19

I wish to speak with a British accent?

What is the impact of using in instead of with in the above sentence?

  • You wish to speak like Brits do :) – Hanky Panky Apr 8 '16 at 7:01
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    On a side note, that superfluous punctuation renders the whole sentence completely unbritish, regardless of preposition. – Pavel Apr 8 '16 at 7:56
  • @ Pavel Petrman: Is it ok now? – Gt_R Apr 8 '16 at 16:11
  • @ Hanky Panky: Usually I speak with neutral accent. However, when I might come over to England, I try to speak in a Brits accent. Am I correct here? ;) – Gt_R Apr 8 '16 at 18:52
34

@Maulik is quite right that for OP's exact context, both prepositions are acceptable (though outside of "Indian English", with an [X] accent is far more common. But having said that, consider...

1: John spoke with an American accent.
2: John spoke in an American accent.

In any given context, it will probably be obvious whether either means (a) John [always / normally / inherently] has an American accent, or (b) He adopted that accent in a specific spoken context (both are valid). But if there is no such context, the default interpretation would be 1 = a, 2 = b.


To put that another way, assuming we accept that everyone has some kind of accent, we usually say they speak with that accent. If someone affects (puts on a pretense of) a different accent, we're more likely to say they're speaking in that accent (implicitly, for the duration of that speech act).


EDIT: This is pure speculation, but I suspect the IE tendency to stick with in for both contexts above directly arises from the fact that a very high proportion of non-native Anglophones in India regularly use English (with varying degrees of fluency). In such an environment, there's a lot of pressure to converge on simplified, general-purpose usages which are easier to learn, and far less pressure to fall in line with long-established idiomatic preferences that might apply to, say, AmE or BrE.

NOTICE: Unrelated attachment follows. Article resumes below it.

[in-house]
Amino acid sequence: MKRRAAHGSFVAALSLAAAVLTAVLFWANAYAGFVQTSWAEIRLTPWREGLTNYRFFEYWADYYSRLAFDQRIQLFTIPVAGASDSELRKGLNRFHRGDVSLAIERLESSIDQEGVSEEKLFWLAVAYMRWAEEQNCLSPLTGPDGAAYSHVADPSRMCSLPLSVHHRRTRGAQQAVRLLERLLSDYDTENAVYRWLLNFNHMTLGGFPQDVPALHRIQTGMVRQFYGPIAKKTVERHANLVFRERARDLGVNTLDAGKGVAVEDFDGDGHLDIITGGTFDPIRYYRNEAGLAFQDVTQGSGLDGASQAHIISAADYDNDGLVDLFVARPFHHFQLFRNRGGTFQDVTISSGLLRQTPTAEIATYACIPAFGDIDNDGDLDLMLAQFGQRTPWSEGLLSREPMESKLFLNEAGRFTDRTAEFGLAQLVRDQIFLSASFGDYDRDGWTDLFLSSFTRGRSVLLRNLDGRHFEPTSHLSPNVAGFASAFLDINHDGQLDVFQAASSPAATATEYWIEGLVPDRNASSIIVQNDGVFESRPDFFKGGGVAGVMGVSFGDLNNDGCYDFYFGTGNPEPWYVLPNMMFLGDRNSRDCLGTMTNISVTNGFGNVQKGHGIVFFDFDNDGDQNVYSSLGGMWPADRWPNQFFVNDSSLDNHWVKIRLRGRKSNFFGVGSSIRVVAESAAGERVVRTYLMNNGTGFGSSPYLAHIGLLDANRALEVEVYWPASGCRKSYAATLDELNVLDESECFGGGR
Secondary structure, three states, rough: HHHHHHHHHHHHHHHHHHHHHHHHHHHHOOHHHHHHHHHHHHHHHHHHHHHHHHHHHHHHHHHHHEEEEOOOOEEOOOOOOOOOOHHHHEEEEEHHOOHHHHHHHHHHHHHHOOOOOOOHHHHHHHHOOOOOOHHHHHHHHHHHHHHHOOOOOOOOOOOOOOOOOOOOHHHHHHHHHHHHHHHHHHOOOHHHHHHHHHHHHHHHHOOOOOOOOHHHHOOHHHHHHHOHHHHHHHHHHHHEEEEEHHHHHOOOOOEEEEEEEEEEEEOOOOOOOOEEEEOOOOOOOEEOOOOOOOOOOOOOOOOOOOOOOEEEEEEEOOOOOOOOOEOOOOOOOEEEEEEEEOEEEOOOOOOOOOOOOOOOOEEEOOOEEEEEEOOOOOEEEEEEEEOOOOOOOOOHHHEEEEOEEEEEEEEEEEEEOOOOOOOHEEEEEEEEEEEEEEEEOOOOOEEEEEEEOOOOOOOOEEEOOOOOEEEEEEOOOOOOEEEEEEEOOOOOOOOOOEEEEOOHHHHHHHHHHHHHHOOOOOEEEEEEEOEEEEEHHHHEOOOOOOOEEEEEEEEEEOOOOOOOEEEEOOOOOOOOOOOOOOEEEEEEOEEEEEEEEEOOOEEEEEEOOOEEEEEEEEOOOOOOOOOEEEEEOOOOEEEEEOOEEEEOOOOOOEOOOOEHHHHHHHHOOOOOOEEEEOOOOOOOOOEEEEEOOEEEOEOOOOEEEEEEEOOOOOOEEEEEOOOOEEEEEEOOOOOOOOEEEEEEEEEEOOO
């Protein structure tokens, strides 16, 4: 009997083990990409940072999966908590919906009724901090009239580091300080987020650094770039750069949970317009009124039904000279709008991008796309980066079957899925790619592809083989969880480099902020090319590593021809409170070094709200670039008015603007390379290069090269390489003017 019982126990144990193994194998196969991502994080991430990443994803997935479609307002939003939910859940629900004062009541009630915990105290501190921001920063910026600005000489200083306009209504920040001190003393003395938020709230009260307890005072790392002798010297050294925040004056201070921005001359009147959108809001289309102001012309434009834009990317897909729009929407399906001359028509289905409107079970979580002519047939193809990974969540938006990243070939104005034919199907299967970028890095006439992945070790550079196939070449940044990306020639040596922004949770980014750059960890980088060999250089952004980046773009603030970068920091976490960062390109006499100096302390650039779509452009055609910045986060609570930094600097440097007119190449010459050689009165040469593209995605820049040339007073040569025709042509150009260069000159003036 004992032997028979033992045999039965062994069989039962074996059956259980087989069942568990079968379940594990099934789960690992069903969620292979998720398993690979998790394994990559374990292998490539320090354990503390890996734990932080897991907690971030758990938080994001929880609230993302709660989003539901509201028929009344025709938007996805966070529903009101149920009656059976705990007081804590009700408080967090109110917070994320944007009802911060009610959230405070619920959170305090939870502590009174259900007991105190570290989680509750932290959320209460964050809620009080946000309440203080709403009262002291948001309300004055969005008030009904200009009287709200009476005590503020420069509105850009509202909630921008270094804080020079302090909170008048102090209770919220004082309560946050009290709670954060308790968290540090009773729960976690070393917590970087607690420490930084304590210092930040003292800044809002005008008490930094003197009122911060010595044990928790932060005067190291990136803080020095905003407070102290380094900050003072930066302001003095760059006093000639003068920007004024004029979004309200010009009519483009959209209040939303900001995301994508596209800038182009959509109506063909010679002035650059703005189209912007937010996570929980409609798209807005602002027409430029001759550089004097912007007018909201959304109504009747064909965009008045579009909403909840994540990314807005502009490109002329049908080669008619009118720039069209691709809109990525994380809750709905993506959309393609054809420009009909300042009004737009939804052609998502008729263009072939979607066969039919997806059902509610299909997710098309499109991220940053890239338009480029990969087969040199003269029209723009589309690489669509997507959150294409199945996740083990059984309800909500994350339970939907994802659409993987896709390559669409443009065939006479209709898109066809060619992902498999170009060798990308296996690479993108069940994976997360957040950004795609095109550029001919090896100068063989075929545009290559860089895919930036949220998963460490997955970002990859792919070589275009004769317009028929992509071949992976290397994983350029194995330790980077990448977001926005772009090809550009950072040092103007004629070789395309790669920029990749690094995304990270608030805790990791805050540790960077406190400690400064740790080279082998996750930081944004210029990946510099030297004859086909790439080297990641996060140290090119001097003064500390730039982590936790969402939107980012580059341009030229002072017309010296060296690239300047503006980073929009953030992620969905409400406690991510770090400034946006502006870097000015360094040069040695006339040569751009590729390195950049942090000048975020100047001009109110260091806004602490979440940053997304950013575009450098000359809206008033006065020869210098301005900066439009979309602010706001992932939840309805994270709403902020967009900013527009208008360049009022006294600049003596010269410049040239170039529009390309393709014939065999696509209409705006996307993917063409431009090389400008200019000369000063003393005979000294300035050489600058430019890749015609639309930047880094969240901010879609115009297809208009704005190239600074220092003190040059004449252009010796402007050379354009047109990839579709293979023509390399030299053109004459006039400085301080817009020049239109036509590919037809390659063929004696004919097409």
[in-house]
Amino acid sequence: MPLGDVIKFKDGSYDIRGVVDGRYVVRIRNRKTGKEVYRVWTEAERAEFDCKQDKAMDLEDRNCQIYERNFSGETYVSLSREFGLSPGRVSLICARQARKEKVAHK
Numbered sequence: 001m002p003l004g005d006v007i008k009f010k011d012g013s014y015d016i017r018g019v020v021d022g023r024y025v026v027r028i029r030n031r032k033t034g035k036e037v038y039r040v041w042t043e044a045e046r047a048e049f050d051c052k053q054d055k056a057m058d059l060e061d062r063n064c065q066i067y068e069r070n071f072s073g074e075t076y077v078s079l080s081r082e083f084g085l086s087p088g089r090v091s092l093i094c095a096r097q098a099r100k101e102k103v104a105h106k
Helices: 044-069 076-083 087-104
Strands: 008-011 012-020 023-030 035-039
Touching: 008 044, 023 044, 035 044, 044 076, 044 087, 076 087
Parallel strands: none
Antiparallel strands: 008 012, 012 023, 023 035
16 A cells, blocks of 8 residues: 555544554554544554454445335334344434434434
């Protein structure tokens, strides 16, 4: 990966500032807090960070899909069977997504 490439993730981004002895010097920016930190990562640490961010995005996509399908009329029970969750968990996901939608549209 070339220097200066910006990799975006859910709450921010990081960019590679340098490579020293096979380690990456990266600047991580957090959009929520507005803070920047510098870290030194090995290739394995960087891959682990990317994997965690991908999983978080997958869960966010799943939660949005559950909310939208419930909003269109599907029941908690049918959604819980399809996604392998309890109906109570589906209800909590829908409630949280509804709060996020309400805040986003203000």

With that in mind, it makes sense for Indians to standardise on John speaks in an xxxxx accent, because that way they don't have to learn a different preposition for, say, John writes in Russian (native speakers will all accept #1 and #2 above, but they won't accept John writes with Russian).

  • +1 for those 'either' options. Solely for that, I liked this answer more than my own! :) – Maulik V Apr 8 '16 at 4:51
  • And, for the #2, I'd think John writes with Russian (of course, again, ignoring the article) i.e. There are many people from different countries, FumbleFingers writes with (an) Indian beside him, John writes with Russian! – Maulik V Apr 8 '16 at 4:54
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    @Maulik V♦: S'ok - I upvoted your answer. Partly because it's true (so far as it goes), but mainly because it got me thinking about the reasons / benefits of the IE preference for in. Many of my neighbours are 1st/2nd generation Indians, and mostly they're at pains to replicate "standard" syntax, so I/they are more often on the lookout for "deviations" they can "correct". I/they haven't tended to notice thing like this current case simply, because both versions are valid, so nothing stands out... – FumbleFingers Apr 8 '16 at 12:29
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    ...I've long been aware that the current "fluidity" of IE promotes the acceptance of useful neologisms in terms of nouns, verbs, adjectives, etc., but I wasn't consciously aware of how it can encourage subtle simplifications in syntax (that don't necessarily scream "non-native speaker!" to mainstream Anglophones). It's a bit like watching a real-life version of Orwell's Newspeak evolving - only this one is "bottom-up" rather than "top-down" driven, and should lead to better/simpler communication, rather than mindless conformity to current cultural norms as defined by "leaders". – FumbleFingers Apr 8 '16 at 13:36
  • wonderful points! Agreed to all extent! :) However, just to include that Indians in the US/UK still have better expose to better English. Unfortunately, here, in India, we lack it. – Maulik V Apr 9 '16 at 4:58
6

Both mean the same.

Ngram results show that 'with an American accent' is more common.

I also checked on dozens of news websites. I find both the uses.

In InE, you'll hear almost everyone using the preposition 'in' for such usage.

  • 2
    As for that Ngram, though, we might get more accurate results if we add an indefinite article – J.R. Apr 7 '16 at 10:10